Once upon a time (This beginning is so unoriginal, the autocomplete on Microsoft Word saw it coming), I thought clichés were cool. And they still are, to a certain extent. But nowadays, I find them in the wild (cliché?) all too often, like a terribly camouflaged chameleon. And it bothers me because my creative writing prof told me, “Clichés are unoriginal thought. So be suspicious of them” and if I were to go further, I would add “kill them wherever you find them. They’re like rats in the attic” (cliché?). And ever since then, when I hear one, it’ll hit me with an impulse to cringe, and comment on how bad clichés are.

You don’t believe me when I say clichés are bad? I’ll hit you with a truck filled with clichés and see how you like it. I’ll turn you into a bull at a China shop. You’ll never see it coming. But don’t worry, what doesn’t kill you makes you stronger. And if at the end of all of it, you end up A-OK, I shrug and say ‘it is what it is’ (my prof especially hates this one).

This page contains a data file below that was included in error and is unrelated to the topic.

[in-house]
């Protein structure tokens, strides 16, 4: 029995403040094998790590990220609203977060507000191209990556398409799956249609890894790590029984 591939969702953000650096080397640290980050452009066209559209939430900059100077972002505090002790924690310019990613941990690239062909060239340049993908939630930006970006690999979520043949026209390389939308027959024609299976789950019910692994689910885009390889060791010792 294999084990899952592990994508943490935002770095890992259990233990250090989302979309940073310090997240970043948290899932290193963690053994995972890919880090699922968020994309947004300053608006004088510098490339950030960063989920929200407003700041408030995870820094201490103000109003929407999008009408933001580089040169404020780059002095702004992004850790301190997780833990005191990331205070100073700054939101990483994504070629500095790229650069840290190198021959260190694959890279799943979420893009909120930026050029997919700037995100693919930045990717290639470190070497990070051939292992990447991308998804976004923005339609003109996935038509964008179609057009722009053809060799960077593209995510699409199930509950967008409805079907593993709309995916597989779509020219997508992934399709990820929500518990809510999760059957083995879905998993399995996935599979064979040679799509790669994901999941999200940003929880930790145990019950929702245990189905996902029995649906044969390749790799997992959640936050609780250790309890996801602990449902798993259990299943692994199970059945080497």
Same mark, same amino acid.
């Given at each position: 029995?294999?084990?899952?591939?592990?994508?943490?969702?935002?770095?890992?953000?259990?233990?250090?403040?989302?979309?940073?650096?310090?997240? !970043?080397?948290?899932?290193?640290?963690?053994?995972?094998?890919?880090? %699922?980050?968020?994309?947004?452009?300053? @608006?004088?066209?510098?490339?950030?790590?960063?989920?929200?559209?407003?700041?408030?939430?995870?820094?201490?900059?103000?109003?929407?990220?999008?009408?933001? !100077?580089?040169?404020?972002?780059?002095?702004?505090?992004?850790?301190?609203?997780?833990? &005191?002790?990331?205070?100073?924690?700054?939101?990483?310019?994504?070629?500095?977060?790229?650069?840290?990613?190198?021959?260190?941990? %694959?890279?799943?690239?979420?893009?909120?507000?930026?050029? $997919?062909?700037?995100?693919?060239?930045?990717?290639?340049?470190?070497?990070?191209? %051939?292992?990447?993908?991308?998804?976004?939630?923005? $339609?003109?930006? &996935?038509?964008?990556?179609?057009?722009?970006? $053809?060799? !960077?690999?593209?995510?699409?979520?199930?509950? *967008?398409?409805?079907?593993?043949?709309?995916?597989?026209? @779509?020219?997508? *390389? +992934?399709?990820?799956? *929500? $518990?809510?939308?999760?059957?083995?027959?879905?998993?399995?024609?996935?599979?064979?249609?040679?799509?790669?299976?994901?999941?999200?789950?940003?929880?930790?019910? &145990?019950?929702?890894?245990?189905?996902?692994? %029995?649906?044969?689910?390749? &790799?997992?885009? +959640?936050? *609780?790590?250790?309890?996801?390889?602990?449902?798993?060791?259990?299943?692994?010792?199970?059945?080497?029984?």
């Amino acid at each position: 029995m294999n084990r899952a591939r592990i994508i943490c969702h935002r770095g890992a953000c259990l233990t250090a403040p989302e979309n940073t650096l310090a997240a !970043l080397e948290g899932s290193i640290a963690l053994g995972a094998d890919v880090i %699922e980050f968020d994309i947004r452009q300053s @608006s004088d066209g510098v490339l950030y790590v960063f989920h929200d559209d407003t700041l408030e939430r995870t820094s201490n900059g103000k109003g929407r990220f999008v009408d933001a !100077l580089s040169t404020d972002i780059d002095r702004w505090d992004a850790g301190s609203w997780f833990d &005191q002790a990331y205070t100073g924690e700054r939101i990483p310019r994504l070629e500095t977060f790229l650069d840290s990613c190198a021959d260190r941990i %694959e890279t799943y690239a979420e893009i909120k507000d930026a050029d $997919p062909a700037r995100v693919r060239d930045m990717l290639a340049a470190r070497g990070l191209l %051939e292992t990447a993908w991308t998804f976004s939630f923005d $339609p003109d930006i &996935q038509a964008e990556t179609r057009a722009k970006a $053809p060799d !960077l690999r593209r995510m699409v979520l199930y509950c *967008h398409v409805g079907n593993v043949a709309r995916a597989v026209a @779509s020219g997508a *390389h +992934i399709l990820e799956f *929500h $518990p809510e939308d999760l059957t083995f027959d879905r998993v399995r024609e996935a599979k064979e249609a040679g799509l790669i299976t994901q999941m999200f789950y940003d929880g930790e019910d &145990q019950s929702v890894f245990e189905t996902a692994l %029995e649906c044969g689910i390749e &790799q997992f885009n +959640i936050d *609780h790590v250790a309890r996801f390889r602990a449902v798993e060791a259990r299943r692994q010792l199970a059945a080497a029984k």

Imagine a love triangle. Michael was the original love interest of Samantha, but then Charlie snuck in from behind, took Sam by surprise, swept her off her feet, made her lose her marbles, and now she’s slightly crazy after being manipulated by Charlie. It took Mike some time to realize how bad the situation was and called an intervention. Mike invites Charlie to his house while Sam, who lives with Mike, is working overtime.

“Yo.” Mike says.

“Hey… Nice apartment… I love the picture of Samantha and you on the mantle.” Charlie says.

“Thanks. Sam and I worked hard making this our home, not just a house.”

“Yeah, it doesn’t take a genius to figure that out.”

“Already passive aggressive?” Mike asks.

“Well…you get what you give. Treat others the way you want to be treated, right? So, here’s a taste of your own medicine. Don’t think I forgot the last time you called me.”

“I want a fresh start. A blank slate. To talk through this. Like adults. Sit down, please.”

“I won’t sit down. And talk about what? Samantha? All I know is that she’s the fuel for my fire. My source of desire.”

“Stop pissing me off! I know you don’t talk like this.”

“What are you talking about?”

“You’re holding a double-edged sword. You're way too close to the edge of the cliff.” Mike says.